So TSX is not faster than single atomic operation. Which breaks my hope of using it for quick optimistic lock It is somewhat sad that on today's hardware there's seemingly no way to have fast-path of locks to be lightning fast without playing crazy tricks (e.g. slow path stopping lock owner thread via signal or ptrace like jvm "biased locking" appears to be doing).

Anyways, being slightly more than 2x slower than simple atomic operation is pretty good news IMHO for use cases for which TSX is designed. And it's "multi-word cas" application appears to be very interesting and useful too. So I'm looking forward using it somewhere.

And finally I have to note that, especially at the beginning, debugging transactional memory code can be quite tricky and very weird. That's because transaction is fully isolated while it runs, so there's no way to printf something to see why it fails. Or set breakpoint inside it and inspect things. This hit me initially because my simplistic code wasn't at all prepared to handle transaction failures. I.e. my code is only supposed to test fast-path without any real-world synchronization contention. After few minutes of struggling with it I realized, that even otherwise conflict-less code will abort from time to time. For example, any interrupt (e.g. timer tick) will abort in-flight transaction, as well as in fact any user- to kernel-space transition will.

So lesson number one is that debugging hardware transactional memory code should be done very carefully. Especially if code path is significantly different between successful and abort-ful cases. I.e. imagine some real transaction that might span several layers of code and consider that debugger/printf will never be able to see or expose "guts" of aborted transactions. And lesson number two is that aborts have to be handled always, even in toy code.

Have a nice day and happy hacking.

Sunday, April 8, 2012

gpicker 2.2 is out!

Hello there! I've just made long due release of gpicker 2.2. Some notable changes are:


  • new project type -- script, that I'm using to handle multi-repository project (i.e. couchbase)
  • implemented poor man's isearch on steroid's -- gpicker-isearch
  • big improvements for gpicker-imenu
  • more optimization

Savannah project page has link download area with source .tar.{gz,bz2,xz} archives and binary .deb packages (built on lenny) for i386 and amd64. If you haven't heard of gpicker before also check out supermegadoc which is very convenient gpicker-using tool.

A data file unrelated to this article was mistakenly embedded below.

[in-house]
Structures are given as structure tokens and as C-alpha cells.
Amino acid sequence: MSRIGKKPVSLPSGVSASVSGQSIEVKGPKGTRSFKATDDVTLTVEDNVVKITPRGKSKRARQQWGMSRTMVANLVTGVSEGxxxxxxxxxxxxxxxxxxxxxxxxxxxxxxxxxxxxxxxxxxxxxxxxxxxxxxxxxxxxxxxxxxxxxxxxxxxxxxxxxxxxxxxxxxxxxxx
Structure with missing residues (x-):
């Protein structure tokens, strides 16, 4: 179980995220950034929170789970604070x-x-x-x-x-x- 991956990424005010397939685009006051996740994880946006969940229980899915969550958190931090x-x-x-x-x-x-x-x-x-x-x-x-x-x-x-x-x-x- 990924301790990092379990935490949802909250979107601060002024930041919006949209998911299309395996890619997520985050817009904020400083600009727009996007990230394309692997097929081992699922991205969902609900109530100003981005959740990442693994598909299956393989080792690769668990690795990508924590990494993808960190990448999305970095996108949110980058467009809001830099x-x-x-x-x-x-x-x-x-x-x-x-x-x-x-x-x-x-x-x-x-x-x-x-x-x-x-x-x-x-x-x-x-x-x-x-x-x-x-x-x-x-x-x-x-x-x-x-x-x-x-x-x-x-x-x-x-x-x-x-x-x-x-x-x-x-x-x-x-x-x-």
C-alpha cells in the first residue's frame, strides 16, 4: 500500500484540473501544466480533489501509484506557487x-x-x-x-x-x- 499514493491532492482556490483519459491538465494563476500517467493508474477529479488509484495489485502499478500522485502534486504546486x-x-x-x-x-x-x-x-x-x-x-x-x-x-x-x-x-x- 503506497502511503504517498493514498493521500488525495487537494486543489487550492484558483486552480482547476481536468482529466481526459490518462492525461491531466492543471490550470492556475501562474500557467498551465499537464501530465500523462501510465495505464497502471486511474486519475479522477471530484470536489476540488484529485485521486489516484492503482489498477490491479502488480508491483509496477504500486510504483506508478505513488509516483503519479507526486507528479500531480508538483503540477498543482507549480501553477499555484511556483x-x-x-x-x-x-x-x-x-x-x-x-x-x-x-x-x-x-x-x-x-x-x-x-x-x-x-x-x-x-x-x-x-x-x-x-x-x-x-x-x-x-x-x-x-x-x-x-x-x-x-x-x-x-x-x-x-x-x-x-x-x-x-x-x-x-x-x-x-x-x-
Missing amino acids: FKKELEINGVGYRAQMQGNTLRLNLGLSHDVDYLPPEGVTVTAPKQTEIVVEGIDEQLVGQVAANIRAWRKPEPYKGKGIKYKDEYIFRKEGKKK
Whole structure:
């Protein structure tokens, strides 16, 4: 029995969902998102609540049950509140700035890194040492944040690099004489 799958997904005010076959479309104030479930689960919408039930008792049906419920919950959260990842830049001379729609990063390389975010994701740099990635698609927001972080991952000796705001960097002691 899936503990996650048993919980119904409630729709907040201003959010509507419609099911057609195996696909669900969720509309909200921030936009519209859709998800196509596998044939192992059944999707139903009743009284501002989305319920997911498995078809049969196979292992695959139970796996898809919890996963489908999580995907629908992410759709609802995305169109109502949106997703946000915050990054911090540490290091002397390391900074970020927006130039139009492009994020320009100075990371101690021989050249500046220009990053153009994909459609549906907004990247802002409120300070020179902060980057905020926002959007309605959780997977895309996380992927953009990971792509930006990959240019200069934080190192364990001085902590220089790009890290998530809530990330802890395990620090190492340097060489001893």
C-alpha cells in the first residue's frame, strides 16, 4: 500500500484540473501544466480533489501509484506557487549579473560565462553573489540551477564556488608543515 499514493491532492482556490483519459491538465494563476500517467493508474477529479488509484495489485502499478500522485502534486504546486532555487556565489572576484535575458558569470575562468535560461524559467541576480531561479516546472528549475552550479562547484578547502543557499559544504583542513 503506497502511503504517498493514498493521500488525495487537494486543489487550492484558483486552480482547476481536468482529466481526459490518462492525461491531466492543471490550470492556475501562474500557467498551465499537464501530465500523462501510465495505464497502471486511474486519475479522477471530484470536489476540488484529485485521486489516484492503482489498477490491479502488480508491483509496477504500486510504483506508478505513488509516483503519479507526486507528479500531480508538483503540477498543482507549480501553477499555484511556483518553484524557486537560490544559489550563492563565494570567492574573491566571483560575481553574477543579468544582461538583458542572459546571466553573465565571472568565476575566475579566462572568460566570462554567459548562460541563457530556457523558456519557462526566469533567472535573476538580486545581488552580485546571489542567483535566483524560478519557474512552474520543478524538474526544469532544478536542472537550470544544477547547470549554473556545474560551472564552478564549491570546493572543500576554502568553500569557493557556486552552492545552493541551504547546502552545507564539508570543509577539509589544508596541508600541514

Thursday, December 15, 2011

Me and Gnome3

Hi. Quite a bit of time passed since my last past. That was busy time with continued hard work on (still forthcoming) Couchbase Server 2.0 release and, most importantly, I've found beautiful girl and got married!

Anyway, I just got remind that I should not forget about writing something from time to time. And today's "hot" topic is Gnome 3.

About a month ago (or was it 2 ? Time flies so weirdly with so much happening around me now) Debian Sid got Gnome 3. Even earlier it got some components of Gnome 3. Most noticeable was upgrade of gnome-terminal to Gnome 3 version. And that was almost immediately reverted back to gnome-terminal 2 from last Debian stable. The reason is very simple. Default theme of gtk3 (which is, naturally, used by all gnome 3 apps) is ugly. Like very very ugly. And, surprisingly, there's only one non-default theme engine for gtk3. The one that's heavily using CSS3. I don't like it's look either, but the most worrisome aspect of it is quite noticeable slowness. There are ways to adjust look with CSS3 hackery after all. I've found that some porting work of old gtk engines was initiated. But quick and minimalistic Mist engine I'm used to is not yet ported.

That's basically my whole Gnome 3 story. I cannot tolerate Gnome 3 not because of it's experimental UI, but because I need usable gtk3 theme first. I cannot even say what I'm thinking about gnome's UI, because I haven't even tried using it on daily basis.

Whoever makes Mist work on gtk3 will become my hero. Meanwhile, I was forced to find refuge in XFCE land, that's missing few things I had on my gnome 2 desktop.

Monday, May 16, 2011

Unbreaking LXC on latest Debian unstable

With recent switch to /run directory in Debian I was getting error from lxc when it was trying to mount /dev/shm in container and failed because /dev/shm is now symlink to inside /run. The simplest fix I found is replacing symlink with bind mount. Here's what I've added to /etc/rc.local

if [ -L /dev/shm ]
then
  mv /dev/shm /dev/shm~
  mkdir /dev/shm
  mount --bind "`readlink -f /dev/shm~`" /dev/shm
fi

Tuesday, May 3, 2011

Setting up Distel and erlang remote shell for membase

I decided to do myself a small present. I've just wrote some Emacs lisp code that via REST API grabs erlang otp node and cookie and connects my emacs with that node. I've made integration with Distel and erlang remote shell. The later was most problematic because of quite weird TTY handling in Erlang shell. But in the end it seems to work great! Grab code here: https://gist.github.com/952958 And the usage is M-x alk-membase-shell and M-x alk-membase-setup-distel.